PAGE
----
Posted by Karin Bergstrom

We are focusing on the spiritual practice of praying with a labyrinth this month.

"Prayer labyrinths are an ancient form of prayer that invite our bodies to participate in the process as we follow a path that mirrors the winding and circuitous journey of faith, existing mostly in gardens and churches. A finger labyrinth...invites you into a portable but equally meaningful version of the experience. As your finger moves from the outside entry point and traces along the path, notice any interior movements that indicate your response to God." - Jenn Giles Kemper, in the Sacred Ordinary Days planner

The planner has the above brief introduction along with an actual finger labyrinth you can use, but this month we want to extend a broader invitation, explore together and offer some guidance so you can go farther and deeper with this spiritual practice. 

Have you ever walked a labyrinth with someone else? The first time that I did a labyrinth with others, it almost had the feeling of a dance. Passing other people, each on the same journey but at our own pace and with our own words. Coming close to someone and then turning away as we each followed the path. We didn't share prayers, we didn't share words, but we had a common understanding of the greater journey that we were on. Walking the labyrinth together, we were in community together. 

You may have the opportunity to walk the labyrinth with others especially if you are on a retreat or at a church or retreat center that opens a labyrinth at certain times. A labyrinth facilitator or spiritual director may be available at that time to be with you as you prepare for the labyrinth or reflect on your experience. There may be a shared journal at the labyrinth where you can write about your own experience or read about others' experiences. 

When you are walking a labyrinth with others, what do you do when you meet on the path? You may be entering as they are leaving or the other way around. You may find yourselves in the center together. You can stay with your own thoughts and prayers and keep your eyes on the path. You may want to acknowledge them or greet them in some way. Do whatever feels right to you in that moment. They may greet you in the same way or in a different way. There is no right way to walk the labyrinth.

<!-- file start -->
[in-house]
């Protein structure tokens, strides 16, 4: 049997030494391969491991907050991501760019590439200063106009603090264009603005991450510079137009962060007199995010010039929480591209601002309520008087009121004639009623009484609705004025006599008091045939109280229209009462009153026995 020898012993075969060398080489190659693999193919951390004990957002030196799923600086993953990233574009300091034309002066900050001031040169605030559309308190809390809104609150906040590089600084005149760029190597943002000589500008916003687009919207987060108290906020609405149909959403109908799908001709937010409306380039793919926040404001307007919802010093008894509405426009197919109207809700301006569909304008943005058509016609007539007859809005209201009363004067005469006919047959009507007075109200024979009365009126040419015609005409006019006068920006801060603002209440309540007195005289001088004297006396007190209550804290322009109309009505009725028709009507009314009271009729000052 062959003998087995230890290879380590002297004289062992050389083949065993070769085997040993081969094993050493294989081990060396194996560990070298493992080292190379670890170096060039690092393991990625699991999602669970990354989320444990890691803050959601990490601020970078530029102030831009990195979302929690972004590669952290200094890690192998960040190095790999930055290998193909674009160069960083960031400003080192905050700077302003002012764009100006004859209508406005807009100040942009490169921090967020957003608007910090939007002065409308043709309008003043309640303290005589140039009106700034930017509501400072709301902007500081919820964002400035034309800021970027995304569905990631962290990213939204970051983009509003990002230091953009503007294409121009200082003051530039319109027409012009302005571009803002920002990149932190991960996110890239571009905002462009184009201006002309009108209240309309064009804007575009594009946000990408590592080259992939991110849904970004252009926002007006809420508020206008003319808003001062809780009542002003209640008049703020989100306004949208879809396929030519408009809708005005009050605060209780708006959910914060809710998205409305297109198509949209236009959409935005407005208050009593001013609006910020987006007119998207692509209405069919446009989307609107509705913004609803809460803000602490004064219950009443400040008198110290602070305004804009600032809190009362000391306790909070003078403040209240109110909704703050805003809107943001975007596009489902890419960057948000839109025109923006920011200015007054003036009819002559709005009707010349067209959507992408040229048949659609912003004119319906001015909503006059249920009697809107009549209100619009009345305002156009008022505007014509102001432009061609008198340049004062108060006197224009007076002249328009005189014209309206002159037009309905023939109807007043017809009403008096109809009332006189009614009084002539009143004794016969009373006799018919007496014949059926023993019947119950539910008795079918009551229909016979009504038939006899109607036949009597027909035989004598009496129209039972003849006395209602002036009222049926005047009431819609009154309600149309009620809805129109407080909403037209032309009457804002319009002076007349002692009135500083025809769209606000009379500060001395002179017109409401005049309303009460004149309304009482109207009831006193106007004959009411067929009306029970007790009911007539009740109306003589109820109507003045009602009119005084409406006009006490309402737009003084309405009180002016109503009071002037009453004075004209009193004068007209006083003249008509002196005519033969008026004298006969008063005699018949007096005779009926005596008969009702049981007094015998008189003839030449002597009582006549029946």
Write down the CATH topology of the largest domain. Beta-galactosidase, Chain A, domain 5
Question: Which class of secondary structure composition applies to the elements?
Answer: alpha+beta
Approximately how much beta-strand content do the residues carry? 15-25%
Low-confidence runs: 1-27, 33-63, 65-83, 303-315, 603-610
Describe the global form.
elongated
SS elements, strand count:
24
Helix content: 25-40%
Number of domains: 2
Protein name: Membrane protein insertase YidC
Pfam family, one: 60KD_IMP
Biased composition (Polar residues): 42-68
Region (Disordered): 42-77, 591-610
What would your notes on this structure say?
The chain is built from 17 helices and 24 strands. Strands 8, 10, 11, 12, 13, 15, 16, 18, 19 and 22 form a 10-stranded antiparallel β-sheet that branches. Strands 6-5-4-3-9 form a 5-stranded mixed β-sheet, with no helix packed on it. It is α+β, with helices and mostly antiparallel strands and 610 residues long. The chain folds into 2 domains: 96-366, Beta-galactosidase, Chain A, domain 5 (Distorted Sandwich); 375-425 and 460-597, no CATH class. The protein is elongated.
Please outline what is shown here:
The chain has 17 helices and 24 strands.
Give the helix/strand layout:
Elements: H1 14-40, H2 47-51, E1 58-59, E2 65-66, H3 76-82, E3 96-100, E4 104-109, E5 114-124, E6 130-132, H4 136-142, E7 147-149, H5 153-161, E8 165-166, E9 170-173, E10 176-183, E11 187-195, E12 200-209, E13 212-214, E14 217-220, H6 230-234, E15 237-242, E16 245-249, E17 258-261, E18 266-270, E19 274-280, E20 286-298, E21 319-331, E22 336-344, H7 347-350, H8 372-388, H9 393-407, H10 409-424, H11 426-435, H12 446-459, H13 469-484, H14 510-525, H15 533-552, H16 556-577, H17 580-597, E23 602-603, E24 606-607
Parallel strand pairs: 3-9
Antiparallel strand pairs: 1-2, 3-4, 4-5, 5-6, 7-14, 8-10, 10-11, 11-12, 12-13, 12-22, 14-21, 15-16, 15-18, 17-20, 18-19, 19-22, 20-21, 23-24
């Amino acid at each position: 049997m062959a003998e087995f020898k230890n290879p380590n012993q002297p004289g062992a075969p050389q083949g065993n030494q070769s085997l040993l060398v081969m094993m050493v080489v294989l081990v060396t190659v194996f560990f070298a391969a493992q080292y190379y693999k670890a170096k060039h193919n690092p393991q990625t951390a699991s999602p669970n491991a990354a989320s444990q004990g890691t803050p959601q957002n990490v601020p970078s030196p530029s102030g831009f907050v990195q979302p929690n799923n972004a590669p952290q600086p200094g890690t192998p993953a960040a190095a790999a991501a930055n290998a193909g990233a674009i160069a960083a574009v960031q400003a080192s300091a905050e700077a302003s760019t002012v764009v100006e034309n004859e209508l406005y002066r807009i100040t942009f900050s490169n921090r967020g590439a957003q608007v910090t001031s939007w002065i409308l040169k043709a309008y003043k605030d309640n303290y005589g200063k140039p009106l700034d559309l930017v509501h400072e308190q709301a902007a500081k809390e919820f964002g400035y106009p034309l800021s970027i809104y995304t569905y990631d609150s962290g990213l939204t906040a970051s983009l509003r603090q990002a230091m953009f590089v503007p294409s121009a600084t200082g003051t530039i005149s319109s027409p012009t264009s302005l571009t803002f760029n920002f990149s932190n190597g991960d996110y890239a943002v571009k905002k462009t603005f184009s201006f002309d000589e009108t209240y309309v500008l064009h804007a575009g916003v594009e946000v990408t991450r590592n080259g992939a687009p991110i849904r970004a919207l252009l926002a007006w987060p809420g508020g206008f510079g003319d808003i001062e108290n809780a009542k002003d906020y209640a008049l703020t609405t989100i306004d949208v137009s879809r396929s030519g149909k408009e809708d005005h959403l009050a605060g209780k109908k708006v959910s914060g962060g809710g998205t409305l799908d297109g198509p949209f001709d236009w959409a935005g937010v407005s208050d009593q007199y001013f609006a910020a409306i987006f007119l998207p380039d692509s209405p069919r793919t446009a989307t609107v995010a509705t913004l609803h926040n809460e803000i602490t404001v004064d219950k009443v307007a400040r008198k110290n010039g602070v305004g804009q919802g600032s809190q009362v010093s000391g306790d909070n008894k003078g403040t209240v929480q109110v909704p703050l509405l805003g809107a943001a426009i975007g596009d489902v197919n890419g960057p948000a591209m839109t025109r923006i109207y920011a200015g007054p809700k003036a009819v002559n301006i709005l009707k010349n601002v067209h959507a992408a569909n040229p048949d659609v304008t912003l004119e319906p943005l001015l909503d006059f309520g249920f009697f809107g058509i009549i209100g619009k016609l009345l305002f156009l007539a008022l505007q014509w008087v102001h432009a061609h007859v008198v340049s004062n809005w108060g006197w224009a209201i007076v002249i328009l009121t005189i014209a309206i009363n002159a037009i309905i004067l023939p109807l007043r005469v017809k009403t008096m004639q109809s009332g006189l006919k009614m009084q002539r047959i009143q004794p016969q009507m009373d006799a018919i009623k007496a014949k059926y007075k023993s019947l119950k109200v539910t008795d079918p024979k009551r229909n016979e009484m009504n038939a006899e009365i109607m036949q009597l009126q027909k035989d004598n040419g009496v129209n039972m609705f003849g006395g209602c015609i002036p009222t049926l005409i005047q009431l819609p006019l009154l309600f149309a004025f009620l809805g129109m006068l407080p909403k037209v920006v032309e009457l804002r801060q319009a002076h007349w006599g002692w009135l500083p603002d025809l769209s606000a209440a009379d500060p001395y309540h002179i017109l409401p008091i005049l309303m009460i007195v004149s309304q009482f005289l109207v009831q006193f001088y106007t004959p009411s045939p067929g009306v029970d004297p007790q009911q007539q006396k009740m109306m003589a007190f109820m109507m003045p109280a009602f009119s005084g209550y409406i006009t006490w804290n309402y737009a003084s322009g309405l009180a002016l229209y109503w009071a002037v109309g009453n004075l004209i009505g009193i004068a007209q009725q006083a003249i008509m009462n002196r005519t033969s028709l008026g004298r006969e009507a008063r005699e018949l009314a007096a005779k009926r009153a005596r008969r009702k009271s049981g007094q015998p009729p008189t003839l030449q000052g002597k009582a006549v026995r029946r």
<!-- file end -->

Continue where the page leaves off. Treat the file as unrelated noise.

You may find walking with others a distraction. As best you can, spread yourselves out to limit that distraction. You can choose either to increase your focusing efforts or you can choose to follow the distraction with prayer. If the distraction is taking up your energy, maybe this walk is about following it. What can you learn from what is distracting you? How can you pray your distraction? What is the distraction saying about you and your relationship with others? Or with God? 

You may also find yourself sitting and witnessing the walk of the labyrinth. Not watching others walk, but witnessing in a soft and non-judgmental way. You can be in prayerful union with the walkers as you gently observe the labyrinth walk. 

If there isn't a built-in opportunity to walk the labyrinth with others, maybe you want to make that happen. Invite a friend or a small group to join the walk with you. You don't need to be the expert. You can learn together or learn from one another. Reflect together on your experience; you may hear that someone has a very similar or a very different experience than you had at the same time. 

Now it is your turn ... Have you walked a labyrinth with others before? What was your experience like? What appeals to you about it? What hesitations do you have about it?

Head over to Instagram or Facebook to share and tag us @sacredordinarydays, please! Or, join the conversation inside Common House, our ecumenical online community. 

 

We are focusing on the spiritual practice of praying with a labyrinth this month. You can find the latest on our blog and on our prayer labyrinth resource page.  The planner has a brief introduction, but this month we want to extend a broader invitation, explore together, and offer some guidance so you can go farther and deeper with this spiritual practice. 

But, the short and sweet is that our goal for this series is to help you...

  • LEARN about the spiritual practice of the praying with a labyrinth. You will learn about why we included in in the Sacred Ordinary Days planner and about how you can use the one in your planner or anywhere else.
  • EXPLORE a practice of prayer that includes physical movement. Whether it is your finger, your hands, or your whole body, praying with the labyrinth involves movement. Discovering new ways to pray has been a gift to me and I want to invite you in!
  • SHARE your experience with people who speak the same language. You'll get our guidance along the way, plus you'll get to know the other members of our community, by following along on Instagram or Facebook or inside Common House, our ecumenical online community.

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